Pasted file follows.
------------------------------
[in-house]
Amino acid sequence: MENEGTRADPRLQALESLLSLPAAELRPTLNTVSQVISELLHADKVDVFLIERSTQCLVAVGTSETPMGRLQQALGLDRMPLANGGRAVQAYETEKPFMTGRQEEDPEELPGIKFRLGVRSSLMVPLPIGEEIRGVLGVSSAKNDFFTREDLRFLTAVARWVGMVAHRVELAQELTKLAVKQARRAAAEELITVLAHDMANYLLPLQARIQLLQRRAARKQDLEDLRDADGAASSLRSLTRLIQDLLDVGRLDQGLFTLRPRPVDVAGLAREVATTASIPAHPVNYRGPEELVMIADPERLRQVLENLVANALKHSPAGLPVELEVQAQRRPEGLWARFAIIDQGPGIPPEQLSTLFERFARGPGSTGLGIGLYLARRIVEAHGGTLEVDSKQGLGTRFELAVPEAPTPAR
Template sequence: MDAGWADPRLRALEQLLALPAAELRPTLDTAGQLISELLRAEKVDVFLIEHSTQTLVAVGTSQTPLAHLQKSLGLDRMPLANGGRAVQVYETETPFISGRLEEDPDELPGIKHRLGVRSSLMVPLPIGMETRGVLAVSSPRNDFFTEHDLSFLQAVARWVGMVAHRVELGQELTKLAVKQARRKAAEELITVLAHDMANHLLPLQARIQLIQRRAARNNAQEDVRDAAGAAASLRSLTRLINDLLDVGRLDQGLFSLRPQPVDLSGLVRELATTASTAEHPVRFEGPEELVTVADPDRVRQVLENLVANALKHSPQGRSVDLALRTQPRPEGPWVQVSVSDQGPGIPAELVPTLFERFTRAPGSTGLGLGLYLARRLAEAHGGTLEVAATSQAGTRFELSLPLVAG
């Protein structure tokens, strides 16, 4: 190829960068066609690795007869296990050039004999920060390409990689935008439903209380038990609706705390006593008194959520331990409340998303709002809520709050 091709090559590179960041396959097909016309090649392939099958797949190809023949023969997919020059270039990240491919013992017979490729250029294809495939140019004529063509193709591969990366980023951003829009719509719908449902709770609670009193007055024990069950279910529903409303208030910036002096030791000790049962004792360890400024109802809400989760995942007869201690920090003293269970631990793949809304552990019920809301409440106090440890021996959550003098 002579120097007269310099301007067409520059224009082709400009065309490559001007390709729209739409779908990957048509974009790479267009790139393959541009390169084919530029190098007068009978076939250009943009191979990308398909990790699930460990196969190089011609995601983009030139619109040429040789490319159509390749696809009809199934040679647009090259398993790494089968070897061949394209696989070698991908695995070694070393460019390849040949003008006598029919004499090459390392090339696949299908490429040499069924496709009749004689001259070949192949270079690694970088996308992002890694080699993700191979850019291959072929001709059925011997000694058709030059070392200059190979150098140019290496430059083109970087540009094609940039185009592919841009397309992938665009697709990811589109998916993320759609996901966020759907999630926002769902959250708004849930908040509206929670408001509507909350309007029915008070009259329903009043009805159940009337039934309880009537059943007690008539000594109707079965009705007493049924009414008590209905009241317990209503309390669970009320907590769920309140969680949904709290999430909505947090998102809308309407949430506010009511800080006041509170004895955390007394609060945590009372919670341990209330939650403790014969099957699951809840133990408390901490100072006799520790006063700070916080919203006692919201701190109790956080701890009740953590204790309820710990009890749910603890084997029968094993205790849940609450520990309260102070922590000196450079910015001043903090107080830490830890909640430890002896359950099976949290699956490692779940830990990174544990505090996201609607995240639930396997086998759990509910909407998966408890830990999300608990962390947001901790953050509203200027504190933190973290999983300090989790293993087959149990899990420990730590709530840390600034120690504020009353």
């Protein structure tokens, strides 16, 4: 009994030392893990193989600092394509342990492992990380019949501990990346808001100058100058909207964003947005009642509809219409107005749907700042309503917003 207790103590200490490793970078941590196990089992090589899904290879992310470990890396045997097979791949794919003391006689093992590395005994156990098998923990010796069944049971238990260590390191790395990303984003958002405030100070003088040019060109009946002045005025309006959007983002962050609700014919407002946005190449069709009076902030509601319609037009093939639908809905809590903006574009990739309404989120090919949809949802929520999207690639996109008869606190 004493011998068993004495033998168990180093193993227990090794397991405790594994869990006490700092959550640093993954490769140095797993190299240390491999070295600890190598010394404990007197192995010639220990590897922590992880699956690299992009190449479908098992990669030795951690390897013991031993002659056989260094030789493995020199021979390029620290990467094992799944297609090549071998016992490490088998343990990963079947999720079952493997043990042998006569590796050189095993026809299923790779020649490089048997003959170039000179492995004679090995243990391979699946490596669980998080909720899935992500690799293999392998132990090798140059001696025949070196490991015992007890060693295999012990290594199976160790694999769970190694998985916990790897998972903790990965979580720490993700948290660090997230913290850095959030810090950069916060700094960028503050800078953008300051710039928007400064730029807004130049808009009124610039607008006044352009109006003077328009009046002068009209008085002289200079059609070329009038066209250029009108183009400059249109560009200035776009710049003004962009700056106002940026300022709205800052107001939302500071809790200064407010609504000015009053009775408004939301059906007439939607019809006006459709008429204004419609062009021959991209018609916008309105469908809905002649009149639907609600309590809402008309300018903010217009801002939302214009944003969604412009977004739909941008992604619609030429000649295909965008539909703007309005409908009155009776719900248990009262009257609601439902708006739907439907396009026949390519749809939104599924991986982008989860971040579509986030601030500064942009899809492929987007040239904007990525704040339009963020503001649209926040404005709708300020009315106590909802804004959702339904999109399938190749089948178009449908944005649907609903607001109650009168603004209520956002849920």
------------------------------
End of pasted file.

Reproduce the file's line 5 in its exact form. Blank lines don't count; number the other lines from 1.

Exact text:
């Protein structure tokens, strides 16, 4: 009994030392893990193989600092394509342990492992990380019949501990990346808001100058100058909207964003947005009642509809219409107005749907700042309503917003 207790103590200490490793970078941590196990089992090589899904290879992310470990890396045997097979791949794919003391006689093992590395005994156990098998923990010796069944049971238990260590390191790395990303984003958002405030100070003088040019060109009946002045005025309006959007983002962050609700014919407002946005190449069709009076902030509601319609037009093939639908809905809590903006574009990739309404989120090919949809949802929520999207690639996109008869606190 004493011998068993004495033998168990180093193993227990090794397991405790594994869990006490700092959550640093993954490769140095797993190299240390491999070295600890190598010394404990007197192995010639220990590897922590992880699956690299992009190449479908098992990669030795951690390897013991031993002659056989260094030789493995020199021979390029620290990467094992799944297609090549071998016992490490088998343990990963079947999720079952493997043990042998006569590796050189095993026809299923790779020649490089048997003959170039000179492995004679090995243990391979699946490596669980998080909720899935992500690799293999392998132990090798140059001696025949070196490991015992007890060693295999012990290594199976160790694999769970190694998985916990790897998972903790990965979580720490993700948290660090997230913290850095959030810090950069916060700094960028503050800078953008300051710039928007400064730029807004130049808009009124610039607008006044352009109006003077328009009046002068009209008085002289200079059609070329009038066209250029009108183009400059249109560009200035776009710049003004962009700056106002940026300022709205800052107001939302500071809790200064407010609504000015009053009775408004939301059906007439939607019809006006459709008429204004419609062009021959991209018609916008309105469908809905002649009149639907609600309590809402008309300018903010217009801002939302214009944003969604412009977004739909941008992604619609030429000649295909965008539909703007309005409908009155009776719900248990009262009257609601439902708006739907439907396009026949390519749809939104599924991986982008989860971040579509986030601030500064942009899809492929987007040239904007990525704040339009963020503001649209926040404005709708300020009315106590909802804004959702339904999109399938190749089948178009449908944005649907609903607001109650009168603004209520956002849920």